Bar graph LED electronics help needed

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Mr. Nagata

Sr Member
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I'm trying to make a simple circuit for a phaser rifle. All I want to do is wire some kind of controller circuit for a 10 segment LED bar graph with two push buttons. One button would light the segments sequentially, the other would turn them off. So some kind of basic up/down counter. But after hours of searching the internet, I can't seem to find a schematic for something like this. Can anyone point me in the right direction?
 

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Mr. Nagata

Sr Member
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Thanks Robiwon. I've seen that circuit before. It's not quite the same as what I'm looking for. With that circuit if you watch the demo video, you hold down the button and the lights sequence up very quickly, then flash a few times. Then you reset it with the other button. It looked promising, but it's in actuality more complicated than I would need.

I'm hoping to find a schematic of a circuit where you push button A and one segment lights up. You push it again and the next segment lights up. And so on and so forth until the entire barograph is lit. If you push button B, the last LED segment will go off. Press it again and the next one goes off. Until the whole barograph is de-illuminated. Does that make sense? Is that actually way more complicated than I think it is? It seems like a simple concept, but I'm an electronics novice who pretty much only knows how to solder. So maybe I'm way wrong.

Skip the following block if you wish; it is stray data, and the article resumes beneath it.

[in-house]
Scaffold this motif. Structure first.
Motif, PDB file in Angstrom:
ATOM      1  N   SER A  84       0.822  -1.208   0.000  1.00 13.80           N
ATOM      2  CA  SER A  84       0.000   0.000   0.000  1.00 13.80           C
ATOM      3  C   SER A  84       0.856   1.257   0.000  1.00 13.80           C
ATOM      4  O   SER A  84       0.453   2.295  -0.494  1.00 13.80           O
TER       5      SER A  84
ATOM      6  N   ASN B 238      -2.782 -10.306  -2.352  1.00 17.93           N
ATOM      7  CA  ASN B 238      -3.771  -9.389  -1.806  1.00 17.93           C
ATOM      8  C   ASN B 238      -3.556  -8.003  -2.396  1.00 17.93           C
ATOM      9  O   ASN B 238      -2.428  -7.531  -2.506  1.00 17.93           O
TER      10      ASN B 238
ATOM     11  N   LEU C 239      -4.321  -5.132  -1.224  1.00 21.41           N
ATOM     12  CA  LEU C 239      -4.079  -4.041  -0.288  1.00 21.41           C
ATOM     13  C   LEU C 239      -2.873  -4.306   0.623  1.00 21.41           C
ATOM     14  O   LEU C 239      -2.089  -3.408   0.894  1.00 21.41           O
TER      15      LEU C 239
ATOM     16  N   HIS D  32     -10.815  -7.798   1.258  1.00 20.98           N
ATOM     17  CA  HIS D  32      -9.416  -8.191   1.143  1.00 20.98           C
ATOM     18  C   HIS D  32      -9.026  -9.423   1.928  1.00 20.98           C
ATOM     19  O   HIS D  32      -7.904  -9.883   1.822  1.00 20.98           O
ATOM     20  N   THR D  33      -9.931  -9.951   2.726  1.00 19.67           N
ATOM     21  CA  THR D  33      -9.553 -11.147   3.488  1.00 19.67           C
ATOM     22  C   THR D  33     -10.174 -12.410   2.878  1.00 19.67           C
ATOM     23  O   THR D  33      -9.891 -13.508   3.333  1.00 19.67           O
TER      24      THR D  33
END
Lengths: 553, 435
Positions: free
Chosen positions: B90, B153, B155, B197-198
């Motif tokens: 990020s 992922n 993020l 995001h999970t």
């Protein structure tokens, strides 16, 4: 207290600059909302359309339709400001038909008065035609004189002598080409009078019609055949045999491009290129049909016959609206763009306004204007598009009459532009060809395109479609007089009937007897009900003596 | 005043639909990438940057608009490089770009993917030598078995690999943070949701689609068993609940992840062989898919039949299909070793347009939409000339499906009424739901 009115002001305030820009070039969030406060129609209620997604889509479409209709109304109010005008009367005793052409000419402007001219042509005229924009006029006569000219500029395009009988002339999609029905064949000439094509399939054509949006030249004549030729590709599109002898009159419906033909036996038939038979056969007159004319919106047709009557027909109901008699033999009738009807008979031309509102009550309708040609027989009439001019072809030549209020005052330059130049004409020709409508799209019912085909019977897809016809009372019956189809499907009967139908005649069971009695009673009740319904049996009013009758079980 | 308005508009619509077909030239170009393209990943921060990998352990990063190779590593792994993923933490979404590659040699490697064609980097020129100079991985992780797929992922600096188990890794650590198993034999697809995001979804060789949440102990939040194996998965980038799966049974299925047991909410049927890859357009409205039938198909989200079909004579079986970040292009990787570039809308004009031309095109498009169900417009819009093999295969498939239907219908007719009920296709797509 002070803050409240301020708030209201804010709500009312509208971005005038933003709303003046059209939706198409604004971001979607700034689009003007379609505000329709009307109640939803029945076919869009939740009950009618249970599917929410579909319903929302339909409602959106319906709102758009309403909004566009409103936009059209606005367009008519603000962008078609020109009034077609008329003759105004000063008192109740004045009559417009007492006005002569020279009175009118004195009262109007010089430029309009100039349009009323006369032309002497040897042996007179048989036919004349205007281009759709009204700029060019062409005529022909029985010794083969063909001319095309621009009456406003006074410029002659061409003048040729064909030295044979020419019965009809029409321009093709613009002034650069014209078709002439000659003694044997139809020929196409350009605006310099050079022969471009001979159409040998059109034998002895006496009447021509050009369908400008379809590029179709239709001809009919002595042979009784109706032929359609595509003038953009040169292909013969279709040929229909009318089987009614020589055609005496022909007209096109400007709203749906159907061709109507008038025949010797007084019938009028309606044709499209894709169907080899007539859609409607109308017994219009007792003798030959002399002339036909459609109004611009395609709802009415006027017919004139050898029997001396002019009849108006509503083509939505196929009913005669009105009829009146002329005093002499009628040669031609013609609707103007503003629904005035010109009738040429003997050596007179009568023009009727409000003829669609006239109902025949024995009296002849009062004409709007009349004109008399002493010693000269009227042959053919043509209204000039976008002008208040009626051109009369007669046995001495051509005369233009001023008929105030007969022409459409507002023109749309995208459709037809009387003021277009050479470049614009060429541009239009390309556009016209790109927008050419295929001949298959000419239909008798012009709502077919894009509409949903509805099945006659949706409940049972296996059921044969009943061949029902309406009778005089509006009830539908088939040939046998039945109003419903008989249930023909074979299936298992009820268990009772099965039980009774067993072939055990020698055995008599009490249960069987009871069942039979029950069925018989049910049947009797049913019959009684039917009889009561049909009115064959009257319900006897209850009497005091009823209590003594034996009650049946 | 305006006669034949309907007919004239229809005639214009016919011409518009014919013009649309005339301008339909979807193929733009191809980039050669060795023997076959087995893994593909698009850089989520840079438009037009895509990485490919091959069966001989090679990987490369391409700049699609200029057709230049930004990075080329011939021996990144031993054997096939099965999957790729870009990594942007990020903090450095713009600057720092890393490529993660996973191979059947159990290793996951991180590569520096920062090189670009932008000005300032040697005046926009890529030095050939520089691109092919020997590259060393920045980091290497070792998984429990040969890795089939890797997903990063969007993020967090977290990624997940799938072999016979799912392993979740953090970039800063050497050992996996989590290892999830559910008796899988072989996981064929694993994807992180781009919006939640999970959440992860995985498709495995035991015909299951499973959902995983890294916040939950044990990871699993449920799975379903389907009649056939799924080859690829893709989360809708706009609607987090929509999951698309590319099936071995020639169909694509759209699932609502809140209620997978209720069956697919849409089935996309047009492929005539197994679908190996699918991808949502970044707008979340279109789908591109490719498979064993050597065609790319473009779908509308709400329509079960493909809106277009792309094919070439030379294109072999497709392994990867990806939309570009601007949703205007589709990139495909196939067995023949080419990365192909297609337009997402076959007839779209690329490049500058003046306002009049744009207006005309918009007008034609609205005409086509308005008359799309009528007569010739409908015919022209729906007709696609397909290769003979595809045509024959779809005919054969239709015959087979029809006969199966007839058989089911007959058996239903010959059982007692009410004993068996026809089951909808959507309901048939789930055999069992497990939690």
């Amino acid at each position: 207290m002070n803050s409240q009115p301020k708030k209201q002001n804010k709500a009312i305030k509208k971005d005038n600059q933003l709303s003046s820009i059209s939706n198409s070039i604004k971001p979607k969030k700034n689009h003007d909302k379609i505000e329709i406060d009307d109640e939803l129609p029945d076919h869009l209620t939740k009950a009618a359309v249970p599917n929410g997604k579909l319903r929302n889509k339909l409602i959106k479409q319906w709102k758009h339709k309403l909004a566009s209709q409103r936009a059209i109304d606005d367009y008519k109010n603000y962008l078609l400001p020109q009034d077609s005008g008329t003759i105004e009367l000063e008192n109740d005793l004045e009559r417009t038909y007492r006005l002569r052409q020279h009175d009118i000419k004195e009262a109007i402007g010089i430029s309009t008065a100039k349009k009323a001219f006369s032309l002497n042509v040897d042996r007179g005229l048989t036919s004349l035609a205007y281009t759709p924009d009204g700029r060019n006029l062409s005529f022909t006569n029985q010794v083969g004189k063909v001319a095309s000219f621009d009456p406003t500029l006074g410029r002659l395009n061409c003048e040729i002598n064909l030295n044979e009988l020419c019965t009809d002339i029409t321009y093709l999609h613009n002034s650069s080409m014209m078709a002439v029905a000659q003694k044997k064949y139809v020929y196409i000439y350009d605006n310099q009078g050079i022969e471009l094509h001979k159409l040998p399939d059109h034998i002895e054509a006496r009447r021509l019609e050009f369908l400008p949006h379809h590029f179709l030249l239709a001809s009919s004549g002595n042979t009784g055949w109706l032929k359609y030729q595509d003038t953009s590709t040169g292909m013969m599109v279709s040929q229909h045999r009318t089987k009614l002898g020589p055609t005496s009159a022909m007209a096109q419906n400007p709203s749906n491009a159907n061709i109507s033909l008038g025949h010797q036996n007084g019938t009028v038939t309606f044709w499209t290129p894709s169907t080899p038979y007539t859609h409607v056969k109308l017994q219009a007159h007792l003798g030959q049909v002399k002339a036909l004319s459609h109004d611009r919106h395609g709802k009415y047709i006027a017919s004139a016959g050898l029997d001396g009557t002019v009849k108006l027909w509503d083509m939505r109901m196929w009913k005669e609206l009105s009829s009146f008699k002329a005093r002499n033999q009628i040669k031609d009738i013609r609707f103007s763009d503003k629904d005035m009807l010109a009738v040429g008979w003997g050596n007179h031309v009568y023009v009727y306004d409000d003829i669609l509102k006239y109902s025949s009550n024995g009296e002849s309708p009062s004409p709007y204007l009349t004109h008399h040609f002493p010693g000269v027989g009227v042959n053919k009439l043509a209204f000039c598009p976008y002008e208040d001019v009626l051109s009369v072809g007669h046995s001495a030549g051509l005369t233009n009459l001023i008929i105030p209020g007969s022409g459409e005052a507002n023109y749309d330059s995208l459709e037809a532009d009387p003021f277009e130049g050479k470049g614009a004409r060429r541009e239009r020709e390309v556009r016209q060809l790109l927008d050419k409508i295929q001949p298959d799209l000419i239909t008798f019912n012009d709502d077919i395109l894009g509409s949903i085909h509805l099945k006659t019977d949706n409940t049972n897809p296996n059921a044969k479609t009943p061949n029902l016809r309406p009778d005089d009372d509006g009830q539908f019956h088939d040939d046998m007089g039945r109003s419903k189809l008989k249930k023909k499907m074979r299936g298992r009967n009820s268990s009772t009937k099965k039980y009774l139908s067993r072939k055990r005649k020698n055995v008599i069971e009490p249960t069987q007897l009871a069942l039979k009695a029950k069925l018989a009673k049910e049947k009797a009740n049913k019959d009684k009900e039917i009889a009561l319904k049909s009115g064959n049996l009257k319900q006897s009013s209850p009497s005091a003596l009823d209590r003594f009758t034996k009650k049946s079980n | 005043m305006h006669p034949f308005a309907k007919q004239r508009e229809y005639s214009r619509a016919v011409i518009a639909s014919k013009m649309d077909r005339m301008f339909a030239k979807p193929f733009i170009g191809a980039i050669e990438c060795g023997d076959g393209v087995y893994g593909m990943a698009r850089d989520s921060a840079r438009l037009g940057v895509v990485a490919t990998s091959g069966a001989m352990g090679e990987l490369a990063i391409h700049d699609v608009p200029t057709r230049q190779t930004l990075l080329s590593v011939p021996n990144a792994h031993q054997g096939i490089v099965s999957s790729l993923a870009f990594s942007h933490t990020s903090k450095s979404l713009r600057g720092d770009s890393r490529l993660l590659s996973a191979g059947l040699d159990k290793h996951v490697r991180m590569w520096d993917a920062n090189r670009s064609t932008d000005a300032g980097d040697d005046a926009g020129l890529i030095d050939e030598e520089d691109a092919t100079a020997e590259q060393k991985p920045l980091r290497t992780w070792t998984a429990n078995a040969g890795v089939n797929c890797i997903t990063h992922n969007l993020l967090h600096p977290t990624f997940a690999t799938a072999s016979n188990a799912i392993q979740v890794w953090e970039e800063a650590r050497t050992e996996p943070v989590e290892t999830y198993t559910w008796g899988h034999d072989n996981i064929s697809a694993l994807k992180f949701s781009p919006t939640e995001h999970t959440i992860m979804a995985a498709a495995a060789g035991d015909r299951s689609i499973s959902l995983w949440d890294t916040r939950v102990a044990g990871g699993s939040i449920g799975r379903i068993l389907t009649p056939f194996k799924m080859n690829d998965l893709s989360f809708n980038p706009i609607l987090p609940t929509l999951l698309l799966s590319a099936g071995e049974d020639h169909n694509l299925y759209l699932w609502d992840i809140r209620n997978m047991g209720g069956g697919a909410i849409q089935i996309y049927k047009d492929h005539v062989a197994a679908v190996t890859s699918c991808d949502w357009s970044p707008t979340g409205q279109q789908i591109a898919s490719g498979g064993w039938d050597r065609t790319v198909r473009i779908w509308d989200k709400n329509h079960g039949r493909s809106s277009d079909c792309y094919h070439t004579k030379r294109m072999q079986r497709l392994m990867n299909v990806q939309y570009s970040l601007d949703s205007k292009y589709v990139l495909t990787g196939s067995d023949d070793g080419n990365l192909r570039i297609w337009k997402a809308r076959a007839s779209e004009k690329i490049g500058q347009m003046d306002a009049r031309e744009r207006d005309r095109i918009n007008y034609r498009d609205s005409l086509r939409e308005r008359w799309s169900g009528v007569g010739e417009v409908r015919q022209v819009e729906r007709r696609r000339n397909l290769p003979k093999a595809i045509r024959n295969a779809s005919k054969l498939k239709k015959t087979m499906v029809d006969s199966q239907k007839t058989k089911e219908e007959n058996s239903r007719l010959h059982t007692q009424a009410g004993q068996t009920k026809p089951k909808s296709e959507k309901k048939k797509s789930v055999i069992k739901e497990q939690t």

Mr. Nagata

Sr Member
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P.S. I'd also be okay if button B just reset the who bargraph, rather than step it down. That would be acceptable as well.
 

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Mr.Engineer

Well-Known Member
I have done this years ago for one of the Phaser rifles but the deal botched because I could not live with working on a recast. This was my few very first prop projects and I did not realise the cost of setting things up when I wanted an optical trigger and a working (changing LED colours) scope. This video did not show the 'screensaver' feature although it was done because I have reused the prototype board for other things and realised too late.